Severe Chronic Neutropenia International Registry (SCNIR)
The Severe Chronic Neutropenia International Registry (SCNIR) was
established in 1994 to monitor the clinical course, treatment, and
disease outcomes in patients with severe chronic neutropenia (SCN). The
Registry has the largest collection of long-term data on patients with
this condition in the world.
in the Registry benefits patients, their families and the physicians,
who treat them by providing the most up to date information to them on
the natural history of SCN and its treatment options. In 2000, the
registry became a foundation with headquarters at the University of
Washington, Seattle, USA, and at the Medical School Hannover, Germany.
The European branch of the SCNIR is actively cooperating with
pediatricians and hematologists all over Europe. Since December 2001 the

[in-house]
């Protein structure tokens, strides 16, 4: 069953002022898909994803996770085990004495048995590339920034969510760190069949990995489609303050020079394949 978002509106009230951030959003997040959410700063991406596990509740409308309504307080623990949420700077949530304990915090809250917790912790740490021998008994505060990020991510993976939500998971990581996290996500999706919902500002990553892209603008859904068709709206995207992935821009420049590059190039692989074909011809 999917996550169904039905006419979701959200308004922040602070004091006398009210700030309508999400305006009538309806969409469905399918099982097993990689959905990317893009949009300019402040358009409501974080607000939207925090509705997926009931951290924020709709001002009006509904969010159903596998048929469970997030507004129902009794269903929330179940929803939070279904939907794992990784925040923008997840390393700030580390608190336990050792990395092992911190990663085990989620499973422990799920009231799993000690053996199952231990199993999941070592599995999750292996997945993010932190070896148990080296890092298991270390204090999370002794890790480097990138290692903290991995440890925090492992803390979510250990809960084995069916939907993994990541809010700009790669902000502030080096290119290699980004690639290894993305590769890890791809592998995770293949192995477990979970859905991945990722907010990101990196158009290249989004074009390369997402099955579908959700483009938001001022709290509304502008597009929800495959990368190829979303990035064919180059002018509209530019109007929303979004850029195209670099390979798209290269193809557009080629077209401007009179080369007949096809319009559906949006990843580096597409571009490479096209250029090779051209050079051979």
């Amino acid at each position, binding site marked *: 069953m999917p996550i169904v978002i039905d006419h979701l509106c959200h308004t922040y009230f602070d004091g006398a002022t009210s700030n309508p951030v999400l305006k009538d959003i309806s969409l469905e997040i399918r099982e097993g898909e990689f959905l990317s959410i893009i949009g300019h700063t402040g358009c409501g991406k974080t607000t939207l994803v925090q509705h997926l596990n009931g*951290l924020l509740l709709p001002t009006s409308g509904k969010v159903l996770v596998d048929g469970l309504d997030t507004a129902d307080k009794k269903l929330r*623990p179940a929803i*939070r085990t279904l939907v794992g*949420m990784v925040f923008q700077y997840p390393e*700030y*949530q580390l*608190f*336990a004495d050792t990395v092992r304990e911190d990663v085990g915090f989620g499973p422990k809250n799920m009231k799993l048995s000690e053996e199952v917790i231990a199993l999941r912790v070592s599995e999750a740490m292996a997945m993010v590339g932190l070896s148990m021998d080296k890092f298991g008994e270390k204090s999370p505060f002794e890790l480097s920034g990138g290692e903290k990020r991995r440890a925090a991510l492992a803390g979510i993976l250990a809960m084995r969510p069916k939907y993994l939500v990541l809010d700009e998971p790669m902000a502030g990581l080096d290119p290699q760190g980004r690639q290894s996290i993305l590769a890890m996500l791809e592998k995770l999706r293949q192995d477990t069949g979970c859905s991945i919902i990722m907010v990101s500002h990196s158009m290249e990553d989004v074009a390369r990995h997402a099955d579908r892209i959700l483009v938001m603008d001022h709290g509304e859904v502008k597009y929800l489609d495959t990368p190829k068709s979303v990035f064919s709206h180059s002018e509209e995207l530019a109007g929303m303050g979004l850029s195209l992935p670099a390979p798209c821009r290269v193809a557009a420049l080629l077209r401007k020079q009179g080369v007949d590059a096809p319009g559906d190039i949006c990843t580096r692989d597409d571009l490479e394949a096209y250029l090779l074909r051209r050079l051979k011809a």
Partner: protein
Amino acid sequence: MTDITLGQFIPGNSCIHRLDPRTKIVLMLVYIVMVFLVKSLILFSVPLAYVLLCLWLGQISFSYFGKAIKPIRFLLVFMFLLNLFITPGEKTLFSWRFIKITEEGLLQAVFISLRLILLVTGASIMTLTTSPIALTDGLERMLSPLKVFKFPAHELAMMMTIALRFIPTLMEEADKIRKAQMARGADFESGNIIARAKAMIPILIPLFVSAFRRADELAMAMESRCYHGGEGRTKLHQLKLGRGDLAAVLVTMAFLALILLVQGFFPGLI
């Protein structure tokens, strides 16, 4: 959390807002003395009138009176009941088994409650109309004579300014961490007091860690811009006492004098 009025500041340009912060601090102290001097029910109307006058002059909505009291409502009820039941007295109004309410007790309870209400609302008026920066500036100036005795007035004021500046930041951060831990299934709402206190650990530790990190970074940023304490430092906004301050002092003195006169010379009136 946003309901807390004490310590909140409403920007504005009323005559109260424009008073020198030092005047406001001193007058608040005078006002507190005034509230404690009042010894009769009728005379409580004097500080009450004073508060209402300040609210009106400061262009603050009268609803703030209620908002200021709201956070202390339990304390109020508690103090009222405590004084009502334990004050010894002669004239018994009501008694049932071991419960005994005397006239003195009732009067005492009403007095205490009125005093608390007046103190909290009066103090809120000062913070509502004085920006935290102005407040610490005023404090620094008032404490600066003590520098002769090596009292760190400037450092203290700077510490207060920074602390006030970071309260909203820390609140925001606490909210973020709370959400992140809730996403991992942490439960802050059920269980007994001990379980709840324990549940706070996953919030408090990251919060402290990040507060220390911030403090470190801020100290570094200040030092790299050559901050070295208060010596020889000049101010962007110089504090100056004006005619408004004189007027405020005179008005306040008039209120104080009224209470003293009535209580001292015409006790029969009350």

activities of the European neutropenia network are being supported by a
grant of the European Commission in the program 'Rare Diseases'. Thanks
to the funding of the EU Commission, an internet-accessible database
system was acquired that enables all centers participating in the SCNIR
to get most pertinent information on severe chronic neutropenia directly
The SCNIR collects both, general and specific clinical information, e.g.
on malignant transformation, bone marrow transplantation and outcome
etc., on patients with severe chronic neutropenia. All information
arising from the database of the European Branch of the Severe Chronic
Neutropenia International Registry is disseminated among the members of
this network in order to provide an update of the professional skills of
the European network partners, which in turn is passed on to other
physicians in the participating countries. Annual meetings are held to
update all partners on the most current developments and discuss
relevant issues on this rare disease with experienced colleagues from
Supplementing the database on SCN, physicians provide biological
material like blood or bone marrow samples and smears to the cell bank
of the SCNIR that may be used for specific relevant research projects on
severe chronic neutropenia.